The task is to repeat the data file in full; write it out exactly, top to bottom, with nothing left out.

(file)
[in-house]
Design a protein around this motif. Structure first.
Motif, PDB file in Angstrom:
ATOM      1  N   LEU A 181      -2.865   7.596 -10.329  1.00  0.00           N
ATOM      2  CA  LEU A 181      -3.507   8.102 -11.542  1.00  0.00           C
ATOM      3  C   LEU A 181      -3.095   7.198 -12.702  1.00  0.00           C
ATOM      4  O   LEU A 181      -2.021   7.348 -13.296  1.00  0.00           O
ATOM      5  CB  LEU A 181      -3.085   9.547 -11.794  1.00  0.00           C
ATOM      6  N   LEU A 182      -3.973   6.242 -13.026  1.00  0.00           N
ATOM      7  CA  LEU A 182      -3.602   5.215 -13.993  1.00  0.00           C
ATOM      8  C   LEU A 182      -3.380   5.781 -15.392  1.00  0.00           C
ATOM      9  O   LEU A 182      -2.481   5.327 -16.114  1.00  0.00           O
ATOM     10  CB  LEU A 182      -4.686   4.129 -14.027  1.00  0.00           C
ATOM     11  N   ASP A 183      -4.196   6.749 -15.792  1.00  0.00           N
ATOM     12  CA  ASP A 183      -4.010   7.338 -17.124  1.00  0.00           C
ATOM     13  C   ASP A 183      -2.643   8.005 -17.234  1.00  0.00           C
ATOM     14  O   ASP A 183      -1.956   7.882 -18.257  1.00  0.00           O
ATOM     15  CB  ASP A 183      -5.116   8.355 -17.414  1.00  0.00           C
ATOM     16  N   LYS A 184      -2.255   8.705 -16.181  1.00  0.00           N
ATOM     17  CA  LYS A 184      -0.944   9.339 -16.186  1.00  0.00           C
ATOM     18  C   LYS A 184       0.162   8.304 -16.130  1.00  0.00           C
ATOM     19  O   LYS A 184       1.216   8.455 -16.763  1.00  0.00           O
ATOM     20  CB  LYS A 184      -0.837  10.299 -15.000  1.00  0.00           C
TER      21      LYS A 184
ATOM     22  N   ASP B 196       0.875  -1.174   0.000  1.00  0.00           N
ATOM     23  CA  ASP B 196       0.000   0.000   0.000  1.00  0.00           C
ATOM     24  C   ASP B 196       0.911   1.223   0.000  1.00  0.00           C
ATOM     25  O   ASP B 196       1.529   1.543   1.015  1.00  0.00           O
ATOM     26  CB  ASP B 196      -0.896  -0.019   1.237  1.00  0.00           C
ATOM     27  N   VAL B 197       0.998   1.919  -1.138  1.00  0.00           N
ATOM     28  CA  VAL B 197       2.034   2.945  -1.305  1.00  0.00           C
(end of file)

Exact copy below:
[in-house]
Design a protein around this motif. Structure first.
Motif, PDB file in Angstrom:
ATOM      1  N   LEU A 181      -2.865   7.596 -10.329  1.00  0.00           N
ATOM      2  CA  LEU A 181      -3.507   8.102 -11.542  1.00  0.00           C
ATOM      3  C   LEU A 181      -3.095   7.198 -12.702  1.00  0.00           C
ATOM      4  O   LEU A 181      -2.021   7.348 -13.296  1.00  0.00           O
ATOM      5  CB  LEU A 181      -3.085   9.547 -11.794  1.00  0.00           C
ATOM      6  N   LEU A 182      -3.973   6.242 -13.026  1.00  0.00           N
ATOM      7  CA  LEU A 182      -3.602   5.215 -13.993  1.00  0.00           C
ATOM      8  C   LEU A 182      -3.380   5.781 -15.392  1.00  0.00           C
ATOM      9  O   LEU A 182      -2.481   5.327 -16.114  1.00  0.00           O
ATOM     10  CB  LEU A 182      -4.686   4.129 -14.027  1.00  0.00           C
ATOM     11  N   ASP A 183      -4.196   6.749 -15.792  1.00  0.00           N
ATOM     12  CA  ASP A 183      -4.010   7.338 -17.124  1.00  0.00           C
ATOM     13  C   ASP A 183      -2.643   8.005 -17.234  1.00  0.00           C
ATOM     14  O   ASP A 183      -1.956   7.882 -18.257  1.00  0.00           O
ATOM     15  CB  ASP A 183      -5.116   8.355 -17.414  1.00  0.00           C
ATOM     16  N   LYS A 184      -2.255   8.705 -16.181  1.00  0.00           N
ATOM     17  CA  LYS A 184      -0.944   9.339 -16.186  1.00  0.00           C
ATOM     18  C   LYS A 184       0.162   8.304 -16.130  1.00  0.00           C
ATOM     19  O   LYS A 184       1.216   8.455 -16.763  1.00  0.00           O
ATOM     20  CB  LYS A 184      -0.837  10.299 -15.000  1.00  0.00           C
TER      21      LYS A 184
ATOM     22  N   ASP B 196       0.875  -1.174   0.000  1.00  0.00           N
ATOM     23  CA  ASP B 196       0.000   0.000   0.000  1.00  0.00           C
ATOM     24  C   ASP B 196       0.911   1.223   0.000  1.00  0.00           C
ATOM     25  O   ASP B 196       1.529   1.543   1.015  1.00  0.00           O
ATOM     26  CB  ASP B 196      -0.896  -0.019   1.237  1.00  0.00           C
ATOM     27  N   VAL B 197       0.998   1.919  -1.138  1.00  0.00           N
ATOM     28  CA  VAL B 197       2.034   2.945  -1.305  1.00  0.00           C